That doesn’t mean it’s not still a pain and expensive, but it is what it is. The big things remaining are that the ambulance and my surgeon are billing me more than I’m supposed to pay according to a new Colorado law (HB 19-1174) that prohibits “balance billing,” or charging consumers whatever is left over after the health plan pays. In other words, the “balance” isn’t my problem—it’s between the provider and Cigna. (Many thanks to my friend Carol T. who talked through my bills with me and urged me to not settle for anything less than what’s legally required.)
p.s. If you think consumer protection legislation like this is a good idea, consider donating to or volunteering for my friend Lisa Cutter’s re=election campaign in Colorado House District 25—she was a sponsor of this bill and is facing a tight race this year! And if you live in HD25, please vote for Rep. Cutter!
I’m still waiting for Dr. S’s office to get approval from Cigna as an “in-network exception,” like Dr. D’s office. I assume it will come through. In Dr. D’s case, there were only 4 oral-maxillofacial surgeons in the network, and none of the others could see me. In Dr. S’s case, there are ZERO eye surgeons in my network. Meanwhile, I’m going to go to my appointment today (and pay out of pocket, unless I can appeal if they get it later) because I don’t want to wait any longer to find out what he has to say.
Meanwhile, life continues
There are sooo many exhausting parts of life that go on and on and on. In the past few weeks—another reason I haven’t updated anything here—I’ve managed a zillion little things, including:
- Sore throat (with pus—eww!) that postponed my stitches removal for a week.
- “Hairy black tongue,” which is just as fantastic as it sounds. Basically, it’s when the little bumps on your tongue (tastebuds) get overgrown and collect junk. It can result from antibiotics (check) and a soft-foods diet (check). Eating more crunchy foods and using a tooth cleaner can help.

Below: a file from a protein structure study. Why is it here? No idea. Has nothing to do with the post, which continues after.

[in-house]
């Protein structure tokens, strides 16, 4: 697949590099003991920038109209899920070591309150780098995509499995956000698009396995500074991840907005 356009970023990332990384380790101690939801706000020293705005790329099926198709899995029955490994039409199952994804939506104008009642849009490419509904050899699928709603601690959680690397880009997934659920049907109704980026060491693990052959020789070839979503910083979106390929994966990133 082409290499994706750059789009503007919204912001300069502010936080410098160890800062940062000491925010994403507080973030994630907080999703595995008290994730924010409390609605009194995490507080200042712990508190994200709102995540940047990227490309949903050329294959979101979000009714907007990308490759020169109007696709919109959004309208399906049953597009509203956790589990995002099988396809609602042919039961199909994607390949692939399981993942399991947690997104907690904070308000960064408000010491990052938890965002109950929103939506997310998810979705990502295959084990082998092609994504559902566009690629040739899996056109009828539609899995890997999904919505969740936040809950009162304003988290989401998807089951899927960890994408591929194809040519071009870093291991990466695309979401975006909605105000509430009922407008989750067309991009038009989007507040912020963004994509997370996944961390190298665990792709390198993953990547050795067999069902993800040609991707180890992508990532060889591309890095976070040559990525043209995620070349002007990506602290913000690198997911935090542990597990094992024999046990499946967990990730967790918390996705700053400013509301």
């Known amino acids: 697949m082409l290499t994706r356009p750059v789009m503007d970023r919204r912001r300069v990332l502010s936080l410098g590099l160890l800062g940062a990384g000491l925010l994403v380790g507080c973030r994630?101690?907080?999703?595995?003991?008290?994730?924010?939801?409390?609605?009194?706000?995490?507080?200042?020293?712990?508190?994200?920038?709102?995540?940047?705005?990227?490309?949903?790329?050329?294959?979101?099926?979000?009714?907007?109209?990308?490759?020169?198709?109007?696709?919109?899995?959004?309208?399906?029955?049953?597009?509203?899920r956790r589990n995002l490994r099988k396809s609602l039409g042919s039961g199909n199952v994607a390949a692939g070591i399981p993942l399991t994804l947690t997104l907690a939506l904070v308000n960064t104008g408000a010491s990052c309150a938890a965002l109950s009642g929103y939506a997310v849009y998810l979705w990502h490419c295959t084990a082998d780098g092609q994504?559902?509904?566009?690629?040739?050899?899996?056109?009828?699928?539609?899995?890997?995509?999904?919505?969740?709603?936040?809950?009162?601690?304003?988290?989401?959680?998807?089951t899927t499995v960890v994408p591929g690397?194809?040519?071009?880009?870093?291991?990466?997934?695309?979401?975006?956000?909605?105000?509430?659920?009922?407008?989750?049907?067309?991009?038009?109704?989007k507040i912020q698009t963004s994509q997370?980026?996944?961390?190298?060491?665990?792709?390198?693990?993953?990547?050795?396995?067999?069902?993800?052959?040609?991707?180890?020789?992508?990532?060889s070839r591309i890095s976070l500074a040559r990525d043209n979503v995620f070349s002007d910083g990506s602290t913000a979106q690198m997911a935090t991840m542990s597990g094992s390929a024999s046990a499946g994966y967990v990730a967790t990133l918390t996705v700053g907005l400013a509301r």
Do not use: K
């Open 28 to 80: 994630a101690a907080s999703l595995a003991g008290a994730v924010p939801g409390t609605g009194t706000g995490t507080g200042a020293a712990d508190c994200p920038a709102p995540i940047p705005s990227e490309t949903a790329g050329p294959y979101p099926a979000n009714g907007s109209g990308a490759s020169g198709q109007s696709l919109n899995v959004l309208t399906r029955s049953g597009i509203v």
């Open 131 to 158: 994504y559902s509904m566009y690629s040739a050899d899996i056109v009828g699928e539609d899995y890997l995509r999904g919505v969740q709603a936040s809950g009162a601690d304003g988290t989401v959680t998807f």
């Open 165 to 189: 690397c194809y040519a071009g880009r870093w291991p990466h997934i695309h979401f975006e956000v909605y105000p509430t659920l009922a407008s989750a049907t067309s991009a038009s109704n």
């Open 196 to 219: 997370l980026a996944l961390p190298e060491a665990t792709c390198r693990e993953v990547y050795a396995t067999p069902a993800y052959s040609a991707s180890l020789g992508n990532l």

- L catching my cold with sore throat, which resulted in her school encouraging us to both get COVID tests (negative and very, very easy at the Pepsi Center site, which naturally the city is closing after this week).
- Dogs getting their teeth cleaned, a daylong and expensive process that I have been putting off since I canceled it in the spring because I was sick, which involved a full day of vet care plus a surprise visit earlier in the week for blood work because their spring bloodwork needed to be redone.
- L’s car got a flat tire. M put on the spare to get it to the tire store … and that tire (a doughnut) promptly went flat. We called AAA to come pump up the spare, but by then she’d missed her appointment, so I drove her to the tire store and later drove her to pick it up.
- Dealing with insurance, medical bills, and rescheduled appointments galore.
- Friends are going through so much, from surgery to chemo to moving.
- OH, AND THERE’S A PANDEMIC.
I know all of you are dealing with these things all the time, and I’m here to tell you, it’s a LOT. The list looks so small when I type it out, but because I’m just now feeling like I’m starting to get back to myself and my usual energy level, every time something like that has happened, it has consumed an entire day or longer. My analogy is that it’s practice for older age, to have this sense of being able to accomplish only one or two things in a day.
Anyway, this afternoon I’m going to see Dr. S, the eye surgeon, to hear what he advises. Tomorrow I have a dental exam, so we’ll see what they say. I’m eager to find out, and I’m dreading it too.